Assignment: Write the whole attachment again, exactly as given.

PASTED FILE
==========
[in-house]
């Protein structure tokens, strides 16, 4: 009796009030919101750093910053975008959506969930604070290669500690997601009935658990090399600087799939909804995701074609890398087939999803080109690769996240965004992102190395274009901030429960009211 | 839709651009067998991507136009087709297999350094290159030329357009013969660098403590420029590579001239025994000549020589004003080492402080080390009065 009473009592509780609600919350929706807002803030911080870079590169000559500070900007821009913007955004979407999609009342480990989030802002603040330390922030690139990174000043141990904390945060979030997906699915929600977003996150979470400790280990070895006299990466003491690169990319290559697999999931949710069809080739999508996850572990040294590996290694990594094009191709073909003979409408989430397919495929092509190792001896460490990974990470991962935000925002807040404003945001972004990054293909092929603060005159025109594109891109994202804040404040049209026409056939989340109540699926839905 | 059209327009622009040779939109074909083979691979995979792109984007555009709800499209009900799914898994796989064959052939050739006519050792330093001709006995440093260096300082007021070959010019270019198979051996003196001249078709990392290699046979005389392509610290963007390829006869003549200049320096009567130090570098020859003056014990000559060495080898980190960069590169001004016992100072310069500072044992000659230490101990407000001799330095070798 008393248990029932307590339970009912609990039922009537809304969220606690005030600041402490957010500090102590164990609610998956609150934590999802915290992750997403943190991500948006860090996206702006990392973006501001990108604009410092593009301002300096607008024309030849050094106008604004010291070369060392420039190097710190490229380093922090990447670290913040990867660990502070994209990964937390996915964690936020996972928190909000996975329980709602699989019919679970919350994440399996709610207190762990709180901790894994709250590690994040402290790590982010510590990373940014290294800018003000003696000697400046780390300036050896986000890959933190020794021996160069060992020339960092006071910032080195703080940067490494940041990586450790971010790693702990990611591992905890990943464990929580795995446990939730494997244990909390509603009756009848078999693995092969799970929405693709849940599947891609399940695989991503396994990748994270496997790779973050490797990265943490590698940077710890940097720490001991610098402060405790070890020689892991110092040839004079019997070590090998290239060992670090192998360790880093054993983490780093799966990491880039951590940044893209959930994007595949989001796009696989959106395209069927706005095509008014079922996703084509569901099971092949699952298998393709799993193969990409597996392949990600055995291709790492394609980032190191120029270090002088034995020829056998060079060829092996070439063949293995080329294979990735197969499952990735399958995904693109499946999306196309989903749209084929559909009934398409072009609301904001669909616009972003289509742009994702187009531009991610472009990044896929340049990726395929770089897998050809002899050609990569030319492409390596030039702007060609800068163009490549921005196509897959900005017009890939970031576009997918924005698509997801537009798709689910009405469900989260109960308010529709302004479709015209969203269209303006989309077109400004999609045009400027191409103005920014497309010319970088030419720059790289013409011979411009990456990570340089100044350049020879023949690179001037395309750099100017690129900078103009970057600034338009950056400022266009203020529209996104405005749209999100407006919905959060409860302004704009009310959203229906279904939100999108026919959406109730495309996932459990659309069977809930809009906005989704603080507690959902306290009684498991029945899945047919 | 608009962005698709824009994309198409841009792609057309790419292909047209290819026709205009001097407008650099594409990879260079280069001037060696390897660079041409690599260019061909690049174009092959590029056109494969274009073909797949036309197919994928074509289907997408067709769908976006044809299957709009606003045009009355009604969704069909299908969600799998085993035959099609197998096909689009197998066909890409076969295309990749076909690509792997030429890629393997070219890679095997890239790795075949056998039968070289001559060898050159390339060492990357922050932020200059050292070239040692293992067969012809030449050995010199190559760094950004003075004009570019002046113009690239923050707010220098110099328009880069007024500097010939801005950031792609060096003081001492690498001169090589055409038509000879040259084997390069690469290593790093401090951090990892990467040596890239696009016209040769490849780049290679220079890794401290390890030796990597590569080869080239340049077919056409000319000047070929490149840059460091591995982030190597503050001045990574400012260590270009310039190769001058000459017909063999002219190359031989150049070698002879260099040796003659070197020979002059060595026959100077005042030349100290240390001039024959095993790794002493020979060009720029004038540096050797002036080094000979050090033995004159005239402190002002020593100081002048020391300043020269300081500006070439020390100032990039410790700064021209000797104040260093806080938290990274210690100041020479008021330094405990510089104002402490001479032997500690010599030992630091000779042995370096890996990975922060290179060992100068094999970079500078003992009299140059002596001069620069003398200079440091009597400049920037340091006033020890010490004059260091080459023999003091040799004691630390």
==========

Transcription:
[in-house]
């Protein structure tokens, strides 16, 4: 009796009030919101750093910053975008959506969930604070290669500690997601009935658990090399600087799939909804995701074609890398087939999803080109690769996240965004992102190395274009901030429960009211 | 839709651009067998991507136009087709297999350094290159030329357009013969660098403590420029590579001239025994000549020589004003080492402080080390009065 009473009592509780609600919350929706807002803030911080870079590169000559500070900007821009913007955004979407999609009342480990989030802002603040330390922030690139990174000043141990904390945060979030997906699915929600977003996150979470400790280990070895006299990466003491690169990319290559697999999931949710069809080739999508996850572990040294590996290694990594094009191709073909003979409408989430397919495929092509190792001896460490990974990470991962935000925002807040404003945001972004990054293909092929603060005159025109594109891109994202804040404040049209026409056939989340109540699926839905 | 059209327009622009040779939109074909083979691979995979792109984007555009709800499209009900799914898994796989064959052939050739006519050792330093001709006995440093260096300082007021070959010019270019198979051996003196001249078709990392290699046979005389392509610290963007390829006869003549200049320096009567130090570098020859003056014990000559060495080898980190960069590169001004016992100072310069500072044992000659230490101990407000001799330095070798 008393248990029932307590339970009912609990039922009537809304969220606690005030600041402490957010500090102590164990609610998956609150934590999802915290992750997403943190991500948006860090996206702006990392973006501001990108604009410092593009301002300096607008024309030849050094106008604004010291070369060392420039190097710190490229380093922090990447670290913040990867660990502070994209990964937390996915964690936020996972928190909000996975329980709602699989019919679970919350994440399996709610207190762990709180901790894994709250590690994040402290790590982010510590990373940014290294800018003000003696000697400046780390300036050896986000890959933190020794021996160069060992020339960092006071910032080195703080940067490494940041990586450790971010790693702990990611591992905890990943464990929580795995446990939730494997244990909390509603009756009848078999693995092969799970929405693709849940599947891609399940695989991503396994990748994270496997790779973050490797990265943490590698940077710890940097720490001991610098402060405790070890020689892991110092040839004079019997070590090998290239060992670090192998360790880093054993983490780093799966990491880039951590940044893209959930994007595949989001796009696989959106395209069927706005095509008014079922996703084509569901099971092949699952298998393709799993193969990409597996392949990600055995291709790492394609980032190191120029270090002088034995020829056998060079060829092996070439063949293995080329294979990735197969499952990735399958995904693109499946999306196309989903749209084929559909009934398409072009609301904001669909616009972003289509742009994702187009531009991610472009990044896929340049990726395929770089897998050809002899050609990569030319492409390596030039702007060609800068163009490549921005196509897959900005017009890939970031576009997918924005698509997801537009798709689910009405469900989260109960308010529709302004479709015209969203269209303006989309077109400004999609045009400027191409103005920014497309010319970088030419720059790289013409011979411009990456990570340089100044350049020879023949690179001037395309750099100017690129900078103009970057600034338009950056400022266009203020529209996104405005749209999100407006919905959060409860302004704009009310959203229906279904939100999108026919959406109730495309996932459990659309069977809930809009906005989704603080507690959902306290009684498991029945899945047919 | 608009962005698709824009994309198409841009792609057309790419292909047209290819026709205009001097407008650099594409990879260079280069001037060696390897660079041409690599260019061909690049174009092959590029056109494969274009073909797949036309197919994928074509289907997408067709769908976006044809299957709009606003045009009355009604969704069909299908969600799998085993035959099609197998096909689009197998066909890409076969295309990749076909690509792997030429890629393997070219890679095997890239790795075949056998039968070289001559060898050159390339060492990357922050932020200059050292070239040692293992067969012809030449050995010199190559760094950004003075004009570019002046113009690239923050707010220098110099328009880069007024500097010939801005950031792609060096003081001492690498001169090589055409038509000879040259084997390069690469290593790093401090951090990892990467040596890239696009016209040769490849780049290679220079890794401290390890030796990597590569080869080239340049077919056409000319000047070929490149840059460091591995982030190597503050001045990574400012260590270009310039190769001058000459017909063999002219190359031989150049070698002879260099040796003659070197020979002059060595026959100077005042030349100290240390001039024959095993790794002493020979060009720029004038540096050797002036080094000979050090033995004159005239402190002002020593100081002048020391300043020269300081500006070439020390100032990039410790700064021209000797104040260093806080938290990274210690100041020479008021330094405990510089104002402490001479032997500690010599030992630091000779042995370096890996990975922060290179060992100068094999970079500078003992009299140059002596001069620069003398200079440091009597400049920037340091006033020890010490004059260091080459023999003091040799004691630390």